Timber is a common material in many gardens we create and not just for structures such as outbuildings and pergolas. Sleepers are widely used in our designs in order to add raised flower beds, vegetable patches, retaining walls and steps.
Sleepers can bring a sense of personality to your project. No two sleepers are the same, with knots, cracks and colour variations they have the benefit of naturally softening the appearance of a garden. They also work very well when matched with paving and used instead of brickwork.
Traditionally, decking has been the use of a timber frame and either hardwood such as Balau or softwood to clad structure.
Recently we have seen more and more options to the market in the way of composite decking options. Essentially, composite decking is made of plastic with wood fibres added and has the advantage of a much greater life span. However, as you would expect these options do come with a cost attached. Many colours are now available ranging from natural colours with a wood effect grain added to greys, blues and blacks that are aimed at the more modern styled consumer.
There are two main types of fencing panel available. Closeboard and Laplarch panels are the most common. The main difference is the timber slats on a closeboard panel run vertically. A laplarch panel runs horizontally and also tend to be a little cheaper per panel.
Your choice of supplier will dictate the quality. We use a local company based near Stansted House in Rowlands Castle which offer a high quality product but at a competitive price. However, as with all building and home improvement materials, there are very high specification products available that we are also able to use should you want something extra special.
There is also two main products available to support your new fencing. The posts and ‘kick’ or ‘gravel’ boards are typically made from either concrete or timber. The choice between these comes down to a few things. The concrete will last forever but are a little more expensive. But really it’s personal preference on the overall look. Some people prefer the all timber and some the contrast with the added peace of mind that they’ll get a few more years out of their new fence.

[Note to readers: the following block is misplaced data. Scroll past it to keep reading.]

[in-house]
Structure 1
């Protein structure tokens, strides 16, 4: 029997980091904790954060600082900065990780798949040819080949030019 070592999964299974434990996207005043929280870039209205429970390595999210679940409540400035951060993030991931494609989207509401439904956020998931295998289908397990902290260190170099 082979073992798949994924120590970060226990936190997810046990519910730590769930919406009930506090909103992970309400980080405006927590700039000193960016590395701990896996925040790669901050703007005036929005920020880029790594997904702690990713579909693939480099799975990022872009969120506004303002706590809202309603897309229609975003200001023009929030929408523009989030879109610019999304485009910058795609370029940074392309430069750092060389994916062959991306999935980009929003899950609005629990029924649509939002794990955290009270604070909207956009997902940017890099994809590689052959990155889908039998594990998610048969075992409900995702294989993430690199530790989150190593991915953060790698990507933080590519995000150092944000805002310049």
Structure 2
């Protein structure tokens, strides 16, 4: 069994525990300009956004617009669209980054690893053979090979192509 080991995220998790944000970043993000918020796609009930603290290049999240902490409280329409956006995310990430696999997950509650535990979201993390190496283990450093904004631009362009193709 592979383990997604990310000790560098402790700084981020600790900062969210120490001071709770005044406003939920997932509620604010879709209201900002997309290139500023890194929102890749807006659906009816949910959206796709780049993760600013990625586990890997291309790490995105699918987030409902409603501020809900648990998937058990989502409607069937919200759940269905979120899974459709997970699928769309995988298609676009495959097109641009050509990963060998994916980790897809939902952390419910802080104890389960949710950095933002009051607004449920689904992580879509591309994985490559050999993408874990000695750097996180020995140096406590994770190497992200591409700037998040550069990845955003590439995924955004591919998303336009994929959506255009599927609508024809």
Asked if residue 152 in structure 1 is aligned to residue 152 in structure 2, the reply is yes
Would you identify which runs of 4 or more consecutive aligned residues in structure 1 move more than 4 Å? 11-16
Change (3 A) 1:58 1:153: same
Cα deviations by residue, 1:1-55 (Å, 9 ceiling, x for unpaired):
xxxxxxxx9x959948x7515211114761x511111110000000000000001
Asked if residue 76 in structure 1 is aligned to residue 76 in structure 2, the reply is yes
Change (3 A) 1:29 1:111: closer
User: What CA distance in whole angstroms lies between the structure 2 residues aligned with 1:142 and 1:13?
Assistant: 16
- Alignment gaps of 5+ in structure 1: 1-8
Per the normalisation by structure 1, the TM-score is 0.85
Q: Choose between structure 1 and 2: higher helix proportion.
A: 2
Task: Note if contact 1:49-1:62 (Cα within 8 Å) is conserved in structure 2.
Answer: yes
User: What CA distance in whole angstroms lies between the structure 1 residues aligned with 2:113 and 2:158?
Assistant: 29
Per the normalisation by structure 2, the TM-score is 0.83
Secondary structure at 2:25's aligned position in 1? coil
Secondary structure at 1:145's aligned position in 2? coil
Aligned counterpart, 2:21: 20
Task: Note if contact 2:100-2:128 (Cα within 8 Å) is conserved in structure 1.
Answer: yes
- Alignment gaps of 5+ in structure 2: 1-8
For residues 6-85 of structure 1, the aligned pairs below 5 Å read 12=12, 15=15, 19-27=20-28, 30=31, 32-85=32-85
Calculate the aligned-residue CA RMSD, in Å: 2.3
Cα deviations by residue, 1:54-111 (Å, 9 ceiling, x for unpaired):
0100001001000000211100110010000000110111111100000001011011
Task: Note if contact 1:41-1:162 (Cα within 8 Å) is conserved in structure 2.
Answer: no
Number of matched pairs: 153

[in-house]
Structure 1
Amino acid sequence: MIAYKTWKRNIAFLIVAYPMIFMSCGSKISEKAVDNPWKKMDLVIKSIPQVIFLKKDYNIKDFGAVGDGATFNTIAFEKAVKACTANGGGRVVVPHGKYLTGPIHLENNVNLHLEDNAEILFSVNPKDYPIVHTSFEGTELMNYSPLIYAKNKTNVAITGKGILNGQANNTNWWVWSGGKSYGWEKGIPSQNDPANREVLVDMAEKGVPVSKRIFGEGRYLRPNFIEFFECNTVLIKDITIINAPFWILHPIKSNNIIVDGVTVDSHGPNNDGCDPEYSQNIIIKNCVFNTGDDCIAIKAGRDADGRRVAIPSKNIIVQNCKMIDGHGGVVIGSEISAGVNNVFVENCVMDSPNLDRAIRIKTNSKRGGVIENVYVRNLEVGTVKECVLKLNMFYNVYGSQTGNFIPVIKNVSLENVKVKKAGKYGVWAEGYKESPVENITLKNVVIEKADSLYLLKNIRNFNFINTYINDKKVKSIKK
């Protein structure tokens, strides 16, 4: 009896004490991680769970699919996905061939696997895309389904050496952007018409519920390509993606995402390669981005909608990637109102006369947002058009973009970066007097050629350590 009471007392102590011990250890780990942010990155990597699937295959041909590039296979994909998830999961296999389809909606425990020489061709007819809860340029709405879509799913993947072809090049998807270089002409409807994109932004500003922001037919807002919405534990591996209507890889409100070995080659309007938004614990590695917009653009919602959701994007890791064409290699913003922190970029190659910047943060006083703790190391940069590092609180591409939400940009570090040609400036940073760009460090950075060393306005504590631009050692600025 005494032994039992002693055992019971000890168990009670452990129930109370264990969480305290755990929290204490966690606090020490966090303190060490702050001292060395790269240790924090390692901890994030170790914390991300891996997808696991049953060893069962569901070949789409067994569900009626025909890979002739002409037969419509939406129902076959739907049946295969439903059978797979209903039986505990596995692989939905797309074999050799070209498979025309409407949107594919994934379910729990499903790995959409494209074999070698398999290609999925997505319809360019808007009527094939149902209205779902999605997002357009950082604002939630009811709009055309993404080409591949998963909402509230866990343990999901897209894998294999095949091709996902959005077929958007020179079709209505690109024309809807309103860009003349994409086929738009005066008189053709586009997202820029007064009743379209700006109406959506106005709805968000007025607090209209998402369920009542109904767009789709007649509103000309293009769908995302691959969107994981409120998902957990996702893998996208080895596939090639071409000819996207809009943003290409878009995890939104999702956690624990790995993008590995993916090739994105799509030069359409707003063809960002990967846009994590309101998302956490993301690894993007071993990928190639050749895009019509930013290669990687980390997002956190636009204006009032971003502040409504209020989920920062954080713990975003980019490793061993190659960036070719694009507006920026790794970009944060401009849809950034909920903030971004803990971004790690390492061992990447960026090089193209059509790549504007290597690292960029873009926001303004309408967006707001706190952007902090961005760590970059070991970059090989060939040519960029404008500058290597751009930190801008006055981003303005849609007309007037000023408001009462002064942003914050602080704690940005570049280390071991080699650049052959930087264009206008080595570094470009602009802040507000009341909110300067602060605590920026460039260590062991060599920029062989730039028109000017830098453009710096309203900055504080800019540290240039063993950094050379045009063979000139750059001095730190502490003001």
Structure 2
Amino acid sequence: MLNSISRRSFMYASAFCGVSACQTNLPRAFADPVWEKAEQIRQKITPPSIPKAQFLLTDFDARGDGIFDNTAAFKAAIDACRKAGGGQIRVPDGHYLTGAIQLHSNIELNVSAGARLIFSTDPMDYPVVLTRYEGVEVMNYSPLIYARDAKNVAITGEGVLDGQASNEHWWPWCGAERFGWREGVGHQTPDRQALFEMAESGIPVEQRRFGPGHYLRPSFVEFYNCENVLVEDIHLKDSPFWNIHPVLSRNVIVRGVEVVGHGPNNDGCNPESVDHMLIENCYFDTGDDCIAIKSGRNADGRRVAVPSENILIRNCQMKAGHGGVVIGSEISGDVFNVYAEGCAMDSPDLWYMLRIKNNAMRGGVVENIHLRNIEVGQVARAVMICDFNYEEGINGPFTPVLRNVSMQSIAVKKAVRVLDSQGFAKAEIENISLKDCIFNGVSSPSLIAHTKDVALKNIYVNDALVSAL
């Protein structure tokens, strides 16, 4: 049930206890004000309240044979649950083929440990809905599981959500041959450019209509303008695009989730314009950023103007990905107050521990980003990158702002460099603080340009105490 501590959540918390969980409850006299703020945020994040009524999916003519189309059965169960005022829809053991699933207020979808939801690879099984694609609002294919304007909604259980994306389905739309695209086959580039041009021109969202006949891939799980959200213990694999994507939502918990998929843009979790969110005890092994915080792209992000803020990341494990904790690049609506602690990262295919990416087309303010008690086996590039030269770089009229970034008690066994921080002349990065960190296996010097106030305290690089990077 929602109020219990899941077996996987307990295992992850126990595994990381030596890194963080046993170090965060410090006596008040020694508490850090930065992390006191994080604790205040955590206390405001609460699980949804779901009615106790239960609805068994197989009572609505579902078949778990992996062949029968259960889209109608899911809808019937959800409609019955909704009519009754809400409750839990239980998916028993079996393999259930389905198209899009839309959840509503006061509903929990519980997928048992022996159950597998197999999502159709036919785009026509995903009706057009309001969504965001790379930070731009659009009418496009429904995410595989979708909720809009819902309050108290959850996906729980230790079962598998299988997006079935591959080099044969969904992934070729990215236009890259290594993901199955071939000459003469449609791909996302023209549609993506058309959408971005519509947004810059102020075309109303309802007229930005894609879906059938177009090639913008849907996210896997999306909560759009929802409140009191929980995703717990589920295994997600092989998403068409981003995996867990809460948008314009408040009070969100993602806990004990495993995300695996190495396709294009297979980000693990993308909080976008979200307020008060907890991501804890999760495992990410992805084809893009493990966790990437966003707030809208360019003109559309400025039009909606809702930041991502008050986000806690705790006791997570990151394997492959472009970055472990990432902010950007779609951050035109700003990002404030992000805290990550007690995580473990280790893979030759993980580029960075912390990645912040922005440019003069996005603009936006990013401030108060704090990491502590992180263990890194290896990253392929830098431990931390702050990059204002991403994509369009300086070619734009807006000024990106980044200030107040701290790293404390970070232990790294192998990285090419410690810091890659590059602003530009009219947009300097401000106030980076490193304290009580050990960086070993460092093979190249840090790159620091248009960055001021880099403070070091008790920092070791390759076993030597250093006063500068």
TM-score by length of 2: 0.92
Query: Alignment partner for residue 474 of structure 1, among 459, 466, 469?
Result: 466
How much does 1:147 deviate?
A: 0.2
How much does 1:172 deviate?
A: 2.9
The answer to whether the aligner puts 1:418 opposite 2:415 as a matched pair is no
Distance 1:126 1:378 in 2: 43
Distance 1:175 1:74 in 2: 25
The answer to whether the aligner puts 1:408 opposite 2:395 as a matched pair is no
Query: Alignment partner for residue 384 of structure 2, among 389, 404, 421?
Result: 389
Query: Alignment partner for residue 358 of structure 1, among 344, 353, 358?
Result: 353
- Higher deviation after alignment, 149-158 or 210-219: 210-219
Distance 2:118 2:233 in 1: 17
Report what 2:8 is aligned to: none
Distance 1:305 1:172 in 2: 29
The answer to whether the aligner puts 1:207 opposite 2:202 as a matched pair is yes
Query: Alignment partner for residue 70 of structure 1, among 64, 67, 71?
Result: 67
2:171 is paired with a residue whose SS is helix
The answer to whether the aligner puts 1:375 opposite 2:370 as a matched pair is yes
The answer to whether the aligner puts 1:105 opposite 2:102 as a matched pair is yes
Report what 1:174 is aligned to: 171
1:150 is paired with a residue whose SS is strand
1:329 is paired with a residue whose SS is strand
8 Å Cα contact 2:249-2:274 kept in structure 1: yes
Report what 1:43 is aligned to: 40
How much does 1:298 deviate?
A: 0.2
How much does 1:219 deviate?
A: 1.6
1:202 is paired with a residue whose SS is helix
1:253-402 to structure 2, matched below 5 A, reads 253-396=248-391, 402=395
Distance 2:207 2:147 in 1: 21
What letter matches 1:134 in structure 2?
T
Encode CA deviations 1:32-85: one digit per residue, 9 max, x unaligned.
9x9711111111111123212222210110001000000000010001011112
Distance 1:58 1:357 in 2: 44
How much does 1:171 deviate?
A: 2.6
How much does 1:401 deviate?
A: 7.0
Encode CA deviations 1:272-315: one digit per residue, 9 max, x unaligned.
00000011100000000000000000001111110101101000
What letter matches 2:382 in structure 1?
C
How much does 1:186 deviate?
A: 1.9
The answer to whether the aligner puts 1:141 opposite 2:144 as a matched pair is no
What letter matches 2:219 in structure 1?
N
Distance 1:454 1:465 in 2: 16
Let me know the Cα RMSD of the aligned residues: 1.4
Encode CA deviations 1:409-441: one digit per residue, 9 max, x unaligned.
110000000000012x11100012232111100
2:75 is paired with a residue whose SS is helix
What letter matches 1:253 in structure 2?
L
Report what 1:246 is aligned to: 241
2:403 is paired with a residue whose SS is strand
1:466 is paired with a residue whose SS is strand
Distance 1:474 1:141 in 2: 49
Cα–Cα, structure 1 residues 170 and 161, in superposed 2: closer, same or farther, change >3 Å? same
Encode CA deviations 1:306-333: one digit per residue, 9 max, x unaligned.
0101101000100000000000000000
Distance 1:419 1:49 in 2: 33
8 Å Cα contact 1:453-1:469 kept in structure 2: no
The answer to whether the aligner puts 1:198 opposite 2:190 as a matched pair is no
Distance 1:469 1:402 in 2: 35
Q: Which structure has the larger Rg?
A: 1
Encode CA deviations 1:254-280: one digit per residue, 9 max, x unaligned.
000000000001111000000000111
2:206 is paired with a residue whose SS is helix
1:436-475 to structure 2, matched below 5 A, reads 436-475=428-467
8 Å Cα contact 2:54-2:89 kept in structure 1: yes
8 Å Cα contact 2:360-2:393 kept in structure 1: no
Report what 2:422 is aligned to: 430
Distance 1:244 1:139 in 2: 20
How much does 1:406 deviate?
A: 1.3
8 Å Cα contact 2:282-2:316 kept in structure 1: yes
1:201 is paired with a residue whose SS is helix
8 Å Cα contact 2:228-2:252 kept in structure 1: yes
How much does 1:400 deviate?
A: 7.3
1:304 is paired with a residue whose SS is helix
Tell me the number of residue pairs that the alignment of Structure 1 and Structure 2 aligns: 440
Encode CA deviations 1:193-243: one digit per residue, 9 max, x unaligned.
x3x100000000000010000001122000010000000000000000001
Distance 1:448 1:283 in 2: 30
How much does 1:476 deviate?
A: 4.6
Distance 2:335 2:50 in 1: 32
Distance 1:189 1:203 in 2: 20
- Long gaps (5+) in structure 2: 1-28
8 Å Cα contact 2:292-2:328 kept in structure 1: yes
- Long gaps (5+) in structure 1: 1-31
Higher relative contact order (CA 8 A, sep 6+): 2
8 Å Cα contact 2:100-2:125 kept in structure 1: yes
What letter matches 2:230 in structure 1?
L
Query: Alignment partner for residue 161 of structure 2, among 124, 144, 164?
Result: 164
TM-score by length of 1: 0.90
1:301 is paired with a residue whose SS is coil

Frequently asked questions:
What types of sleepers are there?
The three mainstream sleeper types are softwood, oak and reclaimed railway. The softwood are the cheapest but still a good product and pressure treated with a chemical to increase the longevity. Oak and reclaimed are both a hardwood so naturally the life span of these are longer and are a little more expensive. The price difference isn’t huge, therefore, if you budget allows, we would always recommend a hardwood sleepers due to the time allowed until these would need replacing.
How long will my timber sleepers or fence posts last?
At Balfour Landscapes, we also line the inside of our sleeper beds, planters or fence posts with a damp proof membrane to stop the wet soil constantly penetrating through the timber and rotting it out. As a rule of thumb, you should expect to get around 10 years for a softwood and up to 20 for a hardwood obviously depending on the position of your garden and how much sunlight it gets through the year.
Should I just get my planters or retaining wall built using brickwork instead of sleepers then?
This is a personally decision. Brickwork, if built correctly will last for generations. Although building a brick planter for example is a lot more labour intensive than a sleeper version. If you imagine approximately 50 bricks would meet the same coverage as a sleeper. Therefore the time and materials required to lay the bricks vs the sleeper would be Significantly more.